Reflections on my '60 Minutes' interview

Last Sunday evening I was privileged to be featured on the CBS television program "60 Minutes," which is actually three 20 minute segments. I was featured in segment two of the broadcast. The whole experience was fascinating. I was very impressed by the entire team, their work ethic, professionalism and dedication. Those 20 minutes are distilled out of many hours of hard work. Correspondent Norah O'Donnell and producers Frank Devine and Magalie Laguerre --Wilkinson are all Catholics. Their faith and their regard for the Church was evident. Frank is a very well-informed Catholic who can engage in theological debate about "internal form" or any aspect of the life of the Church.

From the beginning of the process I was aware that the questions would not be about the weather and the Red Sox. The program's interviews include difficult questions that are often on many people's minds. For some people, being featured on 60 Minutes would be exhilarating, but television interviews are not at the top of my list of favorite things to do. Newscasts these days can be about sound bites and quick messaging. In contrast, 60 Minutes does a good job of trying to go deeper into the topics they address. My interview touched on three provocative issues that are seldom addressed by members of the hierarchy, but which once raised capture everyone's attention. These matters call for more time and consideration than can be given in a 20 minute broadcast segment.

Not surprisingly, Norah asked a question about Bishop Robert Finn of the Diocese of St. Joseph-Kansas City and accountability. While it is the case that the sexual abuse policies adopted by the U.S. Conference of Catholic Bishops would preclude someone convicted of not reporting a crime from teaching religious education or having any position supervising children, some of the advance reporting about this matter did not reflect the nuances of my answer to the question. In response to Norah, I said that the Vatican must attend to this situation. The Holy Father is aware of this need, and recently an Episcopal Visitator was sent to Bishop Finn's diocese. The Holy See had the sensitivity to send a Canadian bishop to conduct the visitation.

One of the significant concerns of the members of the Pontifical Commission for the Protection of Children, on which I serve as President, is the accountability of bishops. We are all aware that Catholics want their leaders to be held accountable for the safety of children, but the accountability has been sporadic. We need clear protocols that will replace the improvisation and inertia that has often been the response in these matters. Bishops also deserve due process that allows them to have an opportunity for a fair hearing. The situation in the Diocese of St. Joseph-Kansas City is a painful one; we pray that the visitation will help. After all that American Catholics have been through in the past decade, survivors and the community at large understandably are demanding transparency and accountability. As a Church, the safety of children must be our priority. At the same time, we need to provide justice for all and avoid crowd-based condemnations.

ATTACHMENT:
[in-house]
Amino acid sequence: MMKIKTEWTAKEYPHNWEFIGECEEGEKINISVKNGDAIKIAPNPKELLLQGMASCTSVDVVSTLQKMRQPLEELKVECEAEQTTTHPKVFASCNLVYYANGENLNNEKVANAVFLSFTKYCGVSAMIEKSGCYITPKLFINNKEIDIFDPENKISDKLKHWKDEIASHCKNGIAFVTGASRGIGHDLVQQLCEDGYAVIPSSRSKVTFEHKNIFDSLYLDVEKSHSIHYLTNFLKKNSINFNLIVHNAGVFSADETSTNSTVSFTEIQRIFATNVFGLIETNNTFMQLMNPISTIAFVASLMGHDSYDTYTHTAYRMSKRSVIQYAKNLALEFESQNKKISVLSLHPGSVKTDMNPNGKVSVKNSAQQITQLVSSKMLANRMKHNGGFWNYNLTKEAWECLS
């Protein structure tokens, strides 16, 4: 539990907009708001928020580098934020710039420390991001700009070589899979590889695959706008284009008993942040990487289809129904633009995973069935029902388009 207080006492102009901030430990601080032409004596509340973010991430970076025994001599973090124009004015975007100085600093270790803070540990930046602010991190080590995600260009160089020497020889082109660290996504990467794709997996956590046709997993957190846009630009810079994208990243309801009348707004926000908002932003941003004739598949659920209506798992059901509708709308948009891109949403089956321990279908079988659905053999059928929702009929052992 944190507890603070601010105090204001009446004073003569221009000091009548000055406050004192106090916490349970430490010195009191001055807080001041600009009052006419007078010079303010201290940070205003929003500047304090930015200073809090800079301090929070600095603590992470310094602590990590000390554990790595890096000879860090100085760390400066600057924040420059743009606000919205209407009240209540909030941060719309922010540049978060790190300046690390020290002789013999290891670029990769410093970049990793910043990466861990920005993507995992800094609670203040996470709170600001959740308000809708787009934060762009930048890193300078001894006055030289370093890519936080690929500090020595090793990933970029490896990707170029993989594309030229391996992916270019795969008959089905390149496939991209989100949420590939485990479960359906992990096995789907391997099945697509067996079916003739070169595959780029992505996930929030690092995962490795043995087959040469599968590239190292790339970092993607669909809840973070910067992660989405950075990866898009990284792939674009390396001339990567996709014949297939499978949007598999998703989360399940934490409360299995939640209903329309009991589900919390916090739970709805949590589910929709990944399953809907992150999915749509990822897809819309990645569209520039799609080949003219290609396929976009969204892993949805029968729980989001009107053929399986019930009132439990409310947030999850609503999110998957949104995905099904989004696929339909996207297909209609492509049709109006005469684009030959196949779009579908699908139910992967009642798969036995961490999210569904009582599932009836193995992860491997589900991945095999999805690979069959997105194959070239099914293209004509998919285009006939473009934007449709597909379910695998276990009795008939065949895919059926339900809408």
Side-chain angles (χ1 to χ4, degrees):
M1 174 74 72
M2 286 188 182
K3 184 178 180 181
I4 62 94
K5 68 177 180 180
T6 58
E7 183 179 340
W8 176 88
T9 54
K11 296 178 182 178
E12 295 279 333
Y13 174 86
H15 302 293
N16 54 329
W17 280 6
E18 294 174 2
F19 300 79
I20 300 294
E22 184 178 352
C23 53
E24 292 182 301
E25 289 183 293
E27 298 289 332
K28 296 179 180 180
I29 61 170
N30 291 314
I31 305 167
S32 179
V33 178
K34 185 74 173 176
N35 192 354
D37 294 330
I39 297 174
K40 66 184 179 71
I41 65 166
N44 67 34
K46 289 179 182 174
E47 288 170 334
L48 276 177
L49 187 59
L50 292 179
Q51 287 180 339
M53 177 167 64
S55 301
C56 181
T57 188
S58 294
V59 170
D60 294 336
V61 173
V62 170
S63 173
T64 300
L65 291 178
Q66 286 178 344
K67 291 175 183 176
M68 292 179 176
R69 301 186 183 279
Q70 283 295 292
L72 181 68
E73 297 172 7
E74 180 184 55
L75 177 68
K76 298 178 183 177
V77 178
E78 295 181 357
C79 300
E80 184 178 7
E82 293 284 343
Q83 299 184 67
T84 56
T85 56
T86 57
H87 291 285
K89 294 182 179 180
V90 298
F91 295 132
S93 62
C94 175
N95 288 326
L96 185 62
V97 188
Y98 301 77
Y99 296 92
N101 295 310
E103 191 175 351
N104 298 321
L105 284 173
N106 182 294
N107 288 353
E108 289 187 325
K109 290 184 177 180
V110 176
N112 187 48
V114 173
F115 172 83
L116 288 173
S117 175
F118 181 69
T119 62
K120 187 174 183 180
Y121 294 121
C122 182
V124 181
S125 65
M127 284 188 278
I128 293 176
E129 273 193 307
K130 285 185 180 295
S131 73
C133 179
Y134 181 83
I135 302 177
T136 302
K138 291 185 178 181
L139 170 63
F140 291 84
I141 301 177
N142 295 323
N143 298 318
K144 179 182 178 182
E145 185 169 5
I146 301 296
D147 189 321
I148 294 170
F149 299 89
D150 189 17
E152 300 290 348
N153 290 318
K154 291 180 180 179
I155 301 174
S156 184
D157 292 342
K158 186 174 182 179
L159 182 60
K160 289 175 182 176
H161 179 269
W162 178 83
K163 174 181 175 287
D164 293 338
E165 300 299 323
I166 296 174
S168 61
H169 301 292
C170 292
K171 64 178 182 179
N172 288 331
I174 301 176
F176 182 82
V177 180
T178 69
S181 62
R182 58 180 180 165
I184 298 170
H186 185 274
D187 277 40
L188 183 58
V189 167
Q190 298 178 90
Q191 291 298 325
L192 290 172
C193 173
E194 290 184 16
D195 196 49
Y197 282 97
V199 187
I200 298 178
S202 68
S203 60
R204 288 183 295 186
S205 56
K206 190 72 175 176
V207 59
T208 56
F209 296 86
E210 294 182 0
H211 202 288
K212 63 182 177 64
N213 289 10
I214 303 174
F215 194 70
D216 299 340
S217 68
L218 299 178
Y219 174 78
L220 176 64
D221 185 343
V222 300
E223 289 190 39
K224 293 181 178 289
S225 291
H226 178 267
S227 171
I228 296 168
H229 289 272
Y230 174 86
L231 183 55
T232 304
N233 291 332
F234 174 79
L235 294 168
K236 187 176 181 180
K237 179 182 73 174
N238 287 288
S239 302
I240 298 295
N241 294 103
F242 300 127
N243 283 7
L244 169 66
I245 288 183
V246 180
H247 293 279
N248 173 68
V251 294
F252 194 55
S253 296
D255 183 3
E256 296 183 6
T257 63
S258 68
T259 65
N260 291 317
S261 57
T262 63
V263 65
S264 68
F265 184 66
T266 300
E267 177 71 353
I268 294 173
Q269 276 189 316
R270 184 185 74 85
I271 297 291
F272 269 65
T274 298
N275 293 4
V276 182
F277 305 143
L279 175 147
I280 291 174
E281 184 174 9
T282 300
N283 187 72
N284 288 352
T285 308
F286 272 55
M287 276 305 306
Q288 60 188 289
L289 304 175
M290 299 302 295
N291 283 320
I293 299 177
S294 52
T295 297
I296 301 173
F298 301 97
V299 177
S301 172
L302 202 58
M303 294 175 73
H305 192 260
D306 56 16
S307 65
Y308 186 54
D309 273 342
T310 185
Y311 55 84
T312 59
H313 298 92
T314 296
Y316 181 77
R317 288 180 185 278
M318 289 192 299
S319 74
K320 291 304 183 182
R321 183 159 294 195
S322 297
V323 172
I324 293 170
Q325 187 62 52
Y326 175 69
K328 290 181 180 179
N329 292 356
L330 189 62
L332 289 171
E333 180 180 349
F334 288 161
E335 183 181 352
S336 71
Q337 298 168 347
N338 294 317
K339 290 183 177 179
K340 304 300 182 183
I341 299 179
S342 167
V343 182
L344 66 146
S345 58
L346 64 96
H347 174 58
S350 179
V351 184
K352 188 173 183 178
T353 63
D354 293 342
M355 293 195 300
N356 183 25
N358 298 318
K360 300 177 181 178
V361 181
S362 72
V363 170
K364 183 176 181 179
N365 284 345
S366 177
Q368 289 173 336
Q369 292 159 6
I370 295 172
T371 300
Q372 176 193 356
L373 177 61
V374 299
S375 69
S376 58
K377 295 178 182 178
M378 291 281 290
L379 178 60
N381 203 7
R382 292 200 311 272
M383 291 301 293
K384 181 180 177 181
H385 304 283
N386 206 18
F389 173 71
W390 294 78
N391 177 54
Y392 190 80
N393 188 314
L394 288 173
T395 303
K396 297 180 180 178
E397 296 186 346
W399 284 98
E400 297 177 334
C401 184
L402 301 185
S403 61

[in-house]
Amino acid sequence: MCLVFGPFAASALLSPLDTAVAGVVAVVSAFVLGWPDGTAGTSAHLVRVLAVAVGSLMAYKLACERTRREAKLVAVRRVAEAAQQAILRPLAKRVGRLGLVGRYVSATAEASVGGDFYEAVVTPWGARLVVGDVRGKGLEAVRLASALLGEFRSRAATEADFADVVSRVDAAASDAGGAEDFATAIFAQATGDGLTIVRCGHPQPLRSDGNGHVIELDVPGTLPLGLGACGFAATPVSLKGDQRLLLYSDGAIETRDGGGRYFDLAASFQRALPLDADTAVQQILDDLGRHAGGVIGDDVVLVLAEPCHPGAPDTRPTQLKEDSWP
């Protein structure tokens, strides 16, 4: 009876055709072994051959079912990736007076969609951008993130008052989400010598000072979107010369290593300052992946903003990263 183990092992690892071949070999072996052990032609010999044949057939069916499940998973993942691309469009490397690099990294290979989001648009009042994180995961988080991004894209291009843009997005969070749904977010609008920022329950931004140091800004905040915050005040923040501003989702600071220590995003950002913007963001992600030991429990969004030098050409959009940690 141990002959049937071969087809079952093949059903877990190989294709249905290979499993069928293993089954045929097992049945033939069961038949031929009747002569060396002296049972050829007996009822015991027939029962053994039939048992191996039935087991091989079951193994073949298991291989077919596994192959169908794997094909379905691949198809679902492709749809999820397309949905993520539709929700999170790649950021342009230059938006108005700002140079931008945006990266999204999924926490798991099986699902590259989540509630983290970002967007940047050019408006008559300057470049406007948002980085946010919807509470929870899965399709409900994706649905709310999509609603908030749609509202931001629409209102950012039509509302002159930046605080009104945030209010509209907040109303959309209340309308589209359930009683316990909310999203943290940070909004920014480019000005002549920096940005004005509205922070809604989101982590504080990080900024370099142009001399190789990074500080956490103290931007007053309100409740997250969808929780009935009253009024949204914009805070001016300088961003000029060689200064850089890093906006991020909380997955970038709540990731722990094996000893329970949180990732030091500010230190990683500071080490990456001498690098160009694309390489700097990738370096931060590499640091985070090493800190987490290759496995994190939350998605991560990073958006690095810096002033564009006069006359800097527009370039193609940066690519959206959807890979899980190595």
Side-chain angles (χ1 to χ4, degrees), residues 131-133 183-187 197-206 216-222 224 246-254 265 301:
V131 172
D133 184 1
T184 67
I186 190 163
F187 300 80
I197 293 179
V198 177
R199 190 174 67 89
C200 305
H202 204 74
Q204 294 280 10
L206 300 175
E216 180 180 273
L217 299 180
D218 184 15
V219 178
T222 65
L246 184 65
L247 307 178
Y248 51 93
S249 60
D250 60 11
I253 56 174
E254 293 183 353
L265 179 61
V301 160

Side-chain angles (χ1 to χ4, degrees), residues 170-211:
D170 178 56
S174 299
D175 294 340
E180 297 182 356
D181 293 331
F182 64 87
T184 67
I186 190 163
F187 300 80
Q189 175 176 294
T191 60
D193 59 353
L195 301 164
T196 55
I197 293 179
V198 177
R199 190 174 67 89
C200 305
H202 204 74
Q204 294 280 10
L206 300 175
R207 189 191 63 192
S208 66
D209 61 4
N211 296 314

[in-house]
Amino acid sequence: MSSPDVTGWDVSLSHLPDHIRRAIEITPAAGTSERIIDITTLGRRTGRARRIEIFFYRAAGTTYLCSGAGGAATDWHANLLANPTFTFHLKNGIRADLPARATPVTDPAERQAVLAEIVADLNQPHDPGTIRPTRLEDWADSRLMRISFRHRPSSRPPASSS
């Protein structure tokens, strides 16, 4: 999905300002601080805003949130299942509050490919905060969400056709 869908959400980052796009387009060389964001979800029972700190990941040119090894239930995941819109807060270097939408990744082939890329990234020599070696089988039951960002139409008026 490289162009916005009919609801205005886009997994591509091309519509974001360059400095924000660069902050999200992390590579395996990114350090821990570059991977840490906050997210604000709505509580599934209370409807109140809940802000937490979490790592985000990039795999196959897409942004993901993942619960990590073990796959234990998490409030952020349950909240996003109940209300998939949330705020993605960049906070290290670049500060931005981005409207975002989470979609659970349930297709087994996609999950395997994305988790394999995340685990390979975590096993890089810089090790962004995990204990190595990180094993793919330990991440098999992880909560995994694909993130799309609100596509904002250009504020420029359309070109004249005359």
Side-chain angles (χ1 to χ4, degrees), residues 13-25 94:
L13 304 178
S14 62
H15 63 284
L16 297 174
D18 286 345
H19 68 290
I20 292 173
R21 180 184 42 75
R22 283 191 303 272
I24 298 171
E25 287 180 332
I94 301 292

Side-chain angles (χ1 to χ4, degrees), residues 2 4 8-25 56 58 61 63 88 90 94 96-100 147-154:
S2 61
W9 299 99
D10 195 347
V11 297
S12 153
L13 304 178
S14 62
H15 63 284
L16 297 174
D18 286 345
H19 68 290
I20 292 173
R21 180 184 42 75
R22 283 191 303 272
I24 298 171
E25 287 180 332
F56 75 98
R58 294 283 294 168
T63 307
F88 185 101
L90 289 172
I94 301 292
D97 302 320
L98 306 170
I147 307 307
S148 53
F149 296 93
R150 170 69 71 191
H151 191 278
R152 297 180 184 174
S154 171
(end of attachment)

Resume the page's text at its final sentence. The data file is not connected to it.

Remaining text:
Another topic that has garnered much attention is the recent visitation of Leadership Conference of Women Religious (LCWR) and the communities of religious women. These were two different activities, conducted by distinct Roman congregations. I trust that there were serious concerns that gave rise to the visitations, but it would seem that better planning and a wider participation of American religious and U.S. bishops would have been helpful. The Church personnel who carried out these assignments have done an admirable job under very difficult circumstances. Unfortunately, many religious women have been alienated by the process and the bishops in this country have been blamed for shortfalls in communications and the process. Hopefully when the final report of the visitations is presented, it will be a more positive experience that will contribute to healing in our Church and be helpful for the cause of religious life. The upcoming Year of Consecrated Life called for by Pope Francis will be an opportunity to celebrate the great achievements of our religious and introduce a new generation of Catholics to consecrated life and its many opportunities to accomplish good works in the name of the Church.

A topic also of significant concern in the Church that was addressed during the interview is the discussion concerning the ordination of women to the priesthood. This is particularly painful to many Catholic women who feel that the teaching on women's ordination is a rejection and unfair.

Throughout history, many wonderful Catholic women have wished to be priests, among them St. Therese, the Little Flower. In my comments I was trying to communicate that women are often holier, smarter and more hard-working than men, and that the most important member of the Church is a woman, the Blessed Virgin Mary. The Church is called to be faithful to Christ's will, and that is not always easy or popular. Understanding the Church's teaching is always a process that begins with faith.

As a person who is just an occasional viewer of television, I am amazed to learn of the number of people who watch 60 Minutes each week; this is certainly a credit to the quality of the program. I hope that one take-away from my 60 Minutes interview will be that cardinals, bishops and priests are human, and that we love the Church.

- Cardinal Seán P. O'Malley, OFM Cap. Is Archbishop of Boston